130 Id. at 301-302.
131 Id. at 305.
132 Id. at 314.
133 Id. at 314, n. 38.
for many types of removals while preserving review of constitutional claims and
questions of law in the federal courts of appeals.134 In the legislative history of the
REAL ID Act, Congress explicitly referenced the holding in St. Cyr while explaining
the habeas-stripping provisions, expressing a belief that retaining habeas corpus for
criminal-aliens unnecessarily delayed removal and created confusion in the federal
courts.135 Congress, by expressly ending habeas review of these removals, believed
that this would lead to less delay and greater fairness in the review process.136 As a
response to the Supreme Court’s concern that there must be some “adequate
substitute” for habeas review if recourse to federal habeas corpus is denied, Congress
crafted its “constitutional claims and questions of law” exception to the otherwise
broad jurisdiction-stripping provisions it had enacted.137 Furthermore, Congress noted
habeas corpus was still available for “challenges to detentions that are independent
of challenges to removal orders.”138
As it stands today, the petition for review appears to have replaced habeas
corpus as the primary means to challenge a removal order. Preserving review of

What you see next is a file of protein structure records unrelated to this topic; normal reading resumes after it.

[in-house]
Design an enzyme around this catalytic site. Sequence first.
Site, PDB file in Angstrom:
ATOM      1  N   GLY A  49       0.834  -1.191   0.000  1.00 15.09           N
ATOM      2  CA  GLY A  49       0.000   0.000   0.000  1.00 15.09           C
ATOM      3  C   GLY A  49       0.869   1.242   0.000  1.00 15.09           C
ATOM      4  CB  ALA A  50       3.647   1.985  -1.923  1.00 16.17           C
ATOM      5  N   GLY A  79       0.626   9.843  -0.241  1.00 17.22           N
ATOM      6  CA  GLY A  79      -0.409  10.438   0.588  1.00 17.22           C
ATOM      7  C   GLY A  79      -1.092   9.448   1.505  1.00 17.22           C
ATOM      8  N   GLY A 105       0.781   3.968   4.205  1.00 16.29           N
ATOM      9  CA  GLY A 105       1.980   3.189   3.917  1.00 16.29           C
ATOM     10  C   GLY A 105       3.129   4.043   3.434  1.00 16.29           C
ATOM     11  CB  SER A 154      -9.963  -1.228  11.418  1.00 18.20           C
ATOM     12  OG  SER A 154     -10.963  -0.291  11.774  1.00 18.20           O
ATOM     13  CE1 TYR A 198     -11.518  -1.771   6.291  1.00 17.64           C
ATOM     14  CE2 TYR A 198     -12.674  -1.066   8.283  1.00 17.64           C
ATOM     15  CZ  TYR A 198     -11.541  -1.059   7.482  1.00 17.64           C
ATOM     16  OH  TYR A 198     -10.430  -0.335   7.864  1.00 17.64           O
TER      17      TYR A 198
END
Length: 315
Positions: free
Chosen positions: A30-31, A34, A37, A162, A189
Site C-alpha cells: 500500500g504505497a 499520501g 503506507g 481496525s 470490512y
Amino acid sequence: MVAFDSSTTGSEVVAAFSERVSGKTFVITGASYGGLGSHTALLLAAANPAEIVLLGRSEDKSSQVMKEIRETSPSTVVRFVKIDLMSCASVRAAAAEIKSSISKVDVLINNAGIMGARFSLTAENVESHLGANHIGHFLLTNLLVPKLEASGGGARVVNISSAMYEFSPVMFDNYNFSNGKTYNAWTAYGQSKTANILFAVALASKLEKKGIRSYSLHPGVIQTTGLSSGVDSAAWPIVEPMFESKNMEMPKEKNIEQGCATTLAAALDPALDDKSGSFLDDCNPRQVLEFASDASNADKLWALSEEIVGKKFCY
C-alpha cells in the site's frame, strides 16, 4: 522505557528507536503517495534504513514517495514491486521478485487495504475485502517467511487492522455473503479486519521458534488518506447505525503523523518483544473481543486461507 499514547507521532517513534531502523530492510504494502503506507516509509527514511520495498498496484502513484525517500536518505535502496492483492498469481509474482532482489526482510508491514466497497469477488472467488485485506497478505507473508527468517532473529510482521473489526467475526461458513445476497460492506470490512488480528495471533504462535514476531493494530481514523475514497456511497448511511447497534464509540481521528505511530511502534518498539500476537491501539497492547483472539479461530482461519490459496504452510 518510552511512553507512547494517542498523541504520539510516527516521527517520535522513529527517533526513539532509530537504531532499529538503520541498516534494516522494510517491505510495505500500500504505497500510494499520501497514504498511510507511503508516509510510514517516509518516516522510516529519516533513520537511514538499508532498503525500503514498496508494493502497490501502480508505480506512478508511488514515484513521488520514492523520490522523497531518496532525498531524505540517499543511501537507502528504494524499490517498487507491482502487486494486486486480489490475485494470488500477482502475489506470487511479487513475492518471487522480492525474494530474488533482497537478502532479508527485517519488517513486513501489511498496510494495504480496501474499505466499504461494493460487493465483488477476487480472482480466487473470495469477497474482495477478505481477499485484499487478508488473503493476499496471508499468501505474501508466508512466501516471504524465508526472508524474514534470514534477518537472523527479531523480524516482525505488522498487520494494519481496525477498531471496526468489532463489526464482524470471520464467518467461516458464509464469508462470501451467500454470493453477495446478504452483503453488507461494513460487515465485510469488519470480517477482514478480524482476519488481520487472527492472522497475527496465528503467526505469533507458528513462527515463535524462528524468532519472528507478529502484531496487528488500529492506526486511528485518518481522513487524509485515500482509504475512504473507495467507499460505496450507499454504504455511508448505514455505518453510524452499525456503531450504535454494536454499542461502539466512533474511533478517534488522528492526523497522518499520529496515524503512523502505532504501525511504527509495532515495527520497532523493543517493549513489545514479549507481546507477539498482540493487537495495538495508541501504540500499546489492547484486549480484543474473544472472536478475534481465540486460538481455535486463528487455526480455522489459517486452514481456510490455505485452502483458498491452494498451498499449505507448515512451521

constitutional claims and questions of law for all removal orders seems to have
satisfied any Suspension Clause concerns from the courts of appeals, who now
routinely transfer petitions for habeas corpus into a petition for review. Habeas
corpus, however, still plays a relatively small role in expedited removals since a
statutory provision expressly allows habeas corpus to be used as a vehicle to
!whether the petitioner is an alien;139
!whether the petitioner was ordered removed under INA §
!whether the petitioner can prove by a preponderance of the evidence
that the petitioner is an alien lawfully admitted for permanent
residence, has been admitted as a refugee under INA § 207, or has
been granted asylum under INA § 208, such status not having been
terminated, and is entitled to such further inquiry as prescribed by
the Attorney General pursuant to INA § 235(b)(1)(C).141
134 P.L. 109-13, Div. B, § 106, 119 Stat. 310 (2005) (The REAL ID Act). See also INA §
242(a)(2), (a)(5), (b)(9) (expressly denying access to federal habeas corpus to review
numerous types of removals); INA § 242(a)(2)(D) (expressly preserving review of
constitutional claims and questions of law notwithstanding other jurisdiction-stripping
135 H.Rept. 109-72, at 174 (2005) (Conf. Rep.).
137 Id. at 175.
139 INA § 242(e)(2)(A) (codified at 8 U.S.C. § 1252(e)(2)(A)).
140 INA § 242(e)(2)(B) (codified at 8 U.S.C. § 1252(e)(2)(B)).
141 INA § 242(e)(2)(C) (codified at 8 U.S.C. § 1252(e)(2)(C)).